Nicolas Sarkozy - CC / Flickr
The French President can behave like a petulant teenager, yet the British press (and the British Bankers’ Association) seem to not understand that the best thing to do with a petulant teenager is to ignore it.
The Times led today with the headline “Banks blast ‘hostile’ Sarkozy over City rule gibe” and followed it up with “We are in charge now, Sarkozy tells the City” and “It’s déjà vu all over again as Sarkozy takes aim at City of London“. The Evening Standard went with “Darling in rearguard action to stop French pulling City strings“. The BBA’s press release on the matter is equally inflammatory, starting with these words:
The hostile comments of French President Sarkozy have damaged public confidence in the EUs new institutions and raise serious questions about the impartiality of the French nominee to the European Commission, the British Bankers Association said today
Just calm down folks, seriously calm down. And what are those new institutions exactly? OK, the Treaty of Lisbon makes the European Council an institution formally, but they can’t mean that can they?
But I digress… why is all of this a storm in a glass of Bourgogne?
Firstly, Sarko is a loose cannon. What he says does not even represent France, let alone come close to being adopted by the European Union.
Secondly, Michel Barnier, the nominee in question, has been a Member of the European Commission before (Regional Affairs – 1999-2004). I don’t think he was stellar, but he was one of the better members of the Prodi Commission. Why should he be any more partial this time around?
Thirdly the notion that the Commissioners are impartial is rubbish, and the BBA knows that very well. Was Peter Mandelson, Trade Commissioner until 2008, impartial in the way the BBA claims Barnier should be? Of course not. In fact I would bet that they organised meetings with Mandelson during his term to get fellow Commissioners to back policies favourable to UK banks.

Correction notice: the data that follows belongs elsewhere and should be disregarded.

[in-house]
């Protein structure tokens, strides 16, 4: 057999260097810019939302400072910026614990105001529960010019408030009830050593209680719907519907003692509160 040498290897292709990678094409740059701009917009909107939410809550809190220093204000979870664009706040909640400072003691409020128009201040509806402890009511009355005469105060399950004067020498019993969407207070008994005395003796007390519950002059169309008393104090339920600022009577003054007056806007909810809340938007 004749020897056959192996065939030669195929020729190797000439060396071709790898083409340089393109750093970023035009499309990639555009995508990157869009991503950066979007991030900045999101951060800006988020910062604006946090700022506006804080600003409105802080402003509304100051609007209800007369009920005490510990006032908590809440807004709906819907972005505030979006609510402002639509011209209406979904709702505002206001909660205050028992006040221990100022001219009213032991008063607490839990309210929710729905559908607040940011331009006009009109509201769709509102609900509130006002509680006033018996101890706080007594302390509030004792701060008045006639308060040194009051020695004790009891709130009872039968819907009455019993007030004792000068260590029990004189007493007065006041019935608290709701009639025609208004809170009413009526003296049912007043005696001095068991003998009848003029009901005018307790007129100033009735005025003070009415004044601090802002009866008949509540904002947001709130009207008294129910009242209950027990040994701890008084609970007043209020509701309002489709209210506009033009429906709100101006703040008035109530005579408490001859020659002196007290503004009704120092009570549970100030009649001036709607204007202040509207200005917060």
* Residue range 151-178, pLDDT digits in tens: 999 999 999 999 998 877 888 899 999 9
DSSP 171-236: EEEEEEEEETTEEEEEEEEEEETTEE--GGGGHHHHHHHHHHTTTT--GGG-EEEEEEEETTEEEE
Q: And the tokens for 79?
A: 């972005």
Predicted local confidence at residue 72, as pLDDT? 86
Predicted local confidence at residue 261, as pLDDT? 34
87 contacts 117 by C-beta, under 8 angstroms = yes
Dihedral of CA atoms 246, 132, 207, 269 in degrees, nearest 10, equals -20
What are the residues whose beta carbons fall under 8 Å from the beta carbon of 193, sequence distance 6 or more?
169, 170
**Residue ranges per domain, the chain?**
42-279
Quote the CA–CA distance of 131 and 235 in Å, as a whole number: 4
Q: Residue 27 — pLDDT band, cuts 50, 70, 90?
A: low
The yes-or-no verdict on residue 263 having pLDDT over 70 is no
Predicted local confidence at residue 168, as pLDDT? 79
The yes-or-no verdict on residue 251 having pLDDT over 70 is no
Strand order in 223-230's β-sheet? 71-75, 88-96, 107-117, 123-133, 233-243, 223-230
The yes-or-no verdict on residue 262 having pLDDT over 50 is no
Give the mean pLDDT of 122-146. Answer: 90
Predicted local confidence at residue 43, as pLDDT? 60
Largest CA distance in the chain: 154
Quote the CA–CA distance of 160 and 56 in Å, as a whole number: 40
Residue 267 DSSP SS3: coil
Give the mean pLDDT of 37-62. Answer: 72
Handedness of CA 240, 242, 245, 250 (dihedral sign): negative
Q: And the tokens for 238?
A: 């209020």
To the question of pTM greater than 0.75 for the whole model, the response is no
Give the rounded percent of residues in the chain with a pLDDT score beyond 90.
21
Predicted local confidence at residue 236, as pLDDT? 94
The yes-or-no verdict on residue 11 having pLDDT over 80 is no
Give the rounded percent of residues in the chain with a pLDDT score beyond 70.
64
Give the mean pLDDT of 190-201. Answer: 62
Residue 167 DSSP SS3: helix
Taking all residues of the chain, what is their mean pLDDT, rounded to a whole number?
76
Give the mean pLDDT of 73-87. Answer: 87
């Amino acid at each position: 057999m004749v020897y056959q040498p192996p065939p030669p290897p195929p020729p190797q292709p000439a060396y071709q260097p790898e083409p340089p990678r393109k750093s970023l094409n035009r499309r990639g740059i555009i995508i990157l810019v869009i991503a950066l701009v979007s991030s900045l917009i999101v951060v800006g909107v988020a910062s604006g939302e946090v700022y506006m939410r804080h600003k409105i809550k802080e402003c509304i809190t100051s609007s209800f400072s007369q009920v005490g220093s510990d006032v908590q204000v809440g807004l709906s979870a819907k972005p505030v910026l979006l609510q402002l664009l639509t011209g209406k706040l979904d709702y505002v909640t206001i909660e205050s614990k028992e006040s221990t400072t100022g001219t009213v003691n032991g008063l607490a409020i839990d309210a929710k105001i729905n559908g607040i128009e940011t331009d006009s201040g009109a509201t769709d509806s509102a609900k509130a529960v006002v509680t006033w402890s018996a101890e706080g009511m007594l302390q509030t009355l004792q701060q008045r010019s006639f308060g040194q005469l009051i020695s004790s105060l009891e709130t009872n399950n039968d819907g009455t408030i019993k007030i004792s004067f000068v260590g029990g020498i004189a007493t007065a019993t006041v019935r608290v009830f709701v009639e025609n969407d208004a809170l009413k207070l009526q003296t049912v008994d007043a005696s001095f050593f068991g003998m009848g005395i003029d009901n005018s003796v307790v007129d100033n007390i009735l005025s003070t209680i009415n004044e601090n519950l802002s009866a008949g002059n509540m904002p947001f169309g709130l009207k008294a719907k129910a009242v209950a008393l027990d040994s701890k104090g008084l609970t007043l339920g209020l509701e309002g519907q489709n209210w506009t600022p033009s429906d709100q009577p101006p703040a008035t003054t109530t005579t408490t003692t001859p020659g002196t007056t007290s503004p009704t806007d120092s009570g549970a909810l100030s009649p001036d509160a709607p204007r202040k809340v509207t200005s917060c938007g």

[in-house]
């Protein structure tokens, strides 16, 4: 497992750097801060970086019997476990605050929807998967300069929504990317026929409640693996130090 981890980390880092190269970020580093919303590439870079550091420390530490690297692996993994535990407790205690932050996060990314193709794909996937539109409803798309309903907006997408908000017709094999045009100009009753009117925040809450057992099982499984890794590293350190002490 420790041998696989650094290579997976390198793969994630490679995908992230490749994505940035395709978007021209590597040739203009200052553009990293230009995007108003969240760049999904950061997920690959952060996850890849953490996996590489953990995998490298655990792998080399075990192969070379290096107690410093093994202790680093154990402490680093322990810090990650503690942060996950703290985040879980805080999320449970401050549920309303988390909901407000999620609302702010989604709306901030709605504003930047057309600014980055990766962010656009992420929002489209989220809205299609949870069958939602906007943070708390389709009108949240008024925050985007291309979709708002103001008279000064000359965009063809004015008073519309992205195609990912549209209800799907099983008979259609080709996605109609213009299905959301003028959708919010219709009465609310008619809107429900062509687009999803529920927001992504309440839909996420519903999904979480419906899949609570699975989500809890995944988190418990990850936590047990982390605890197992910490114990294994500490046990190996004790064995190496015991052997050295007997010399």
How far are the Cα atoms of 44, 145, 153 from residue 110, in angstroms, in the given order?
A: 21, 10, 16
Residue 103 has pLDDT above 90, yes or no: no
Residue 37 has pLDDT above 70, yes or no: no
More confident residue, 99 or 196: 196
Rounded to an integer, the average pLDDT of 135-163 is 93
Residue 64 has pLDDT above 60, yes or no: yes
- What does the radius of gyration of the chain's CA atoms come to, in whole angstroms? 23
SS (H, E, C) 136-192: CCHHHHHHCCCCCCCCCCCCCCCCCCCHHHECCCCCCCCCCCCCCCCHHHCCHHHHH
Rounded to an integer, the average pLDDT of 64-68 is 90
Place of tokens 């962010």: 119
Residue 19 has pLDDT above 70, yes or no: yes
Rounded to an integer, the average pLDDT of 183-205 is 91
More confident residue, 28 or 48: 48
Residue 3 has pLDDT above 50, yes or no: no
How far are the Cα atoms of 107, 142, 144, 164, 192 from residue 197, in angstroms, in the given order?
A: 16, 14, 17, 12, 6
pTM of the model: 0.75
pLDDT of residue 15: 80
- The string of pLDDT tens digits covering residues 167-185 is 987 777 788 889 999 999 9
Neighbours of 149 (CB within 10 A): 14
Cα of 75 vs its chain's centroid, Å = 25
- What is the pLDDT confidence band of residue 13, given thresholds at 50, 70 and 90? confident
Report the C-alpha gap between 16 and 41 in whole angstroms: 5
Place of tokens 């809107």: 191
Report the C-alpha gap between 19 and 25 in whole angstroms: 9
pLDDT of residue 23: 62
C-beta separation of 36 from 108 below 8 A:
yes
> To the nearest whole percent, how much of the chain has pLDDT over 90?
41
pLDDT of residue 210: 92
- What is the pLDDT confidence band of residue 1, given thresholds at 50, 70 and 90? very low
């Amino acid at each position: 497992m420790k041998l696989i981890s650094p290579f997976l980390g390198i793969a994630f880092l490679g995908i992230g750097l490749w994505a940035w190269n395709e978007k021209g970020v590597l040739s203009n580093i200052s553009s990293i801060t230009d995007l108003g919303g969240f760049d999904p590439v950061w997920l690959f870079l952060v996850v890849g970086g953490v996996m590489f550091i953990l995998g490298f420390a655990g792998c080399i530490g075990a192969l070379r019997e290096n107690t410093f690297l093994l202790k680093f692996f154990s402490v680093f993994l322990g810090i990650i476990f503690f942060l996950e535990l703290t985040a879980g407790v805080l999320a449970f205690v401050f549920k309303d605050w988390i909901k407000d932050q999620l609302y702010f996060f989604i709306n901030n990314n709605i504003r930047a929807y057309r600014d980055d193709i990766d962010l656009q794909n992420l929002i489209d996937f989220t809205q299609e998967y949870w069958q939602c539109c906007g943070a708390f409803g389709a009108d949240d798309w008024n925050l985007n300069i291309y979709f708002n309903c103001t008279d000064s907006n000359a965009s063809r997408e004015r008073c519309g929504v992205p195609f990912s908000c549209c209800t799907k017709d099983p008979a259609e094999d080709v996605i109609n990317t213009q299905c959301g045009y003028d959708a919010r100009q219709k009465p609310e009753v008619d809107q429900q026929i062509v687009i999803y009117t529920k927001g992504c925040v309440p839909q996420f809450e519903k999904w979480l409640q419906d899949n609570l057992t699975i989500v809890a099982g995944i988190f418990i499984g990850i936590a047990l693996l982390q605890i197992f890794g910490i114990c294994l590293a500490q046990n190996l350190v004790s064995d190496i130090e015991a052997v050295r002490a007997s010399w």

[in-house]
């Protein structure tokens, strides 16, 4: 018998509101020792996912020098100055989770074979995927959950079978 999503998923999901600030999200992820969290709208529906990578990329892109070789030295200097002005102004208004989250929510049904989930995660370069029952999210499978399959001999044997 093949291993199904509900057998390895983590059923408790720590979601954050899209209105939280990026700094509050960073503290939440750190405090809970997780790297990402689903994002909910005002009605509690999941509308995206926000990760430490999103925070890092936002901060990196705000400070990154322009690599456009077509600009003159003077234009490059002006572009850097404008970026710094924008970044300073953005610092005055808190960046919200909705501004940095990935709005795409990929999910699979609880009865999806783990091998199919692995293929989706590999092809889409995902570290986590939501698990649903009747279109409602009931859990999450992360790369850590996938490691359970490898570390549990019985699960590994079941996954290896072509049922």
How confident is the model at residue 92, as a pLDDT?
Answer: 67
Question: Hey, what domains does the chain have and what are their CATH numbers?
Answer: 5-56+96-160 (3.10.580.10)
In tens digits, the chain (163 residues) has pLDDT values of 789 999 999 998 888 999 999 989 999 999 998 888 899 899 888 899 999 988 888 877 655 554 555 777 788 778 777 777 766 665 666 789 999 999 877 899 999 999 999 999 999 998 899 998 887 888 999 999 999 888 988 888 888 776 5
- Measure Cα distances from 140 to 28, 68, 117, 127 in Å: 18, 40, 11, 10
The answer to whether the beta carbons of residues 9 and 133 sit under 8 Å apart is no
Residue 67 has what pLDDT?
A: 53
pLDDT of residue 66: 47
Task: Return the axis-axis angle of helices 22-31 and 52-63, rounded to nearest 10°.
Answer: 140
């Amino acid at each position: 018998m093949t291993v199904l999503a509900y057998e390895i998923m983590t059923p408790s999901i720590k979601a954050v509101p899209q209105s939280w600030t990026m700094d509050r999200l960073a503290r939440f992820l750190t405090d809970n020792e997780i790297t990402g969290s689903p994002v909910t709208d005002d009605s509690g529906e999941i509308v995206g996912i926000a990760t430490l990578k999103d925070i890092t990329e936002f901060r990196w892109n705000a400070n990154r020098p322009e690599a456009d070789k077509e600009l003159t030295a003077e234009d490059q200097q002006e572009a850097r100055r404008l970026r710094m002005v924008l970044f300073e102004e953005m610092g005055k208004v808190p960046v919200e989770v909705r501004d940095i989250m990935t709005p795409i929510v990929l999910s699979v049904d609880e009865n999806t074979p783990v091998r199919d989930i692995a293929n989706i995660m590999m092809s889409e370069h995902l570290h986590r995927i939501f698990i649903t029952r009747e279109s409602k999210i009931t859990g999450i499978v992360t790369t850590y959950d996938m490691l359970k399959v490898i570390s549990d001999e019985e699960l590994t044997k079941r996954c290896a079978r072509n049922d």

Fourth, the Times and Evening Standard articles completely ignore the other appointment in Directorate General Internal Market (DGs are like ministries), that of Brit Jonathan Faull to be Director General – the highest ranking civil servant in the DG. Reuters confirms that news here. So the top politician is French and the top civil servant English. Perhaps not equal, but a fact to consider before having a mis-guided rant.
Fifth, the notion implied by the Evening Standard that Alistair Darling is mounting a rearguard action is untrue. If anything it’s an initiative on the front foot. No legislation has been drafted yet, that is going to take months, and then it will go through the codecision process and be subject to amendment by the European Parliament. Yes, agreed, the UK does not have a veto as QMV will apply, but there are 27 Member States and 736 MEPs in this game, a fact that the UK newspapers have conveniently neglected.
Sixth, why do all the newspapers buy all this pro-City of London crap anyway? Has no-one actually realised that it was the British banking sector that landed us in large part in this mess (or at least exacerbated the mess) and actually legislation to make banks serve the people, rather than the other way around, might not be a bad idea? Or is that about as naive as to hope that the British press might have a go at accurately reporting the EU?
So – in conclusion if you’ve got this far – what now? For sure there will be regulation of some sort. For sure it will have an impact on the City of London. But the UK government, UK banks and anyone else implication should be working diligently, preparing a lobby strategy, and getting ready to make their case in Brussels, just like any sensible people do about any legislation that could be brought up (handy therefore that the Mayor is not closing the London Office in Brussels).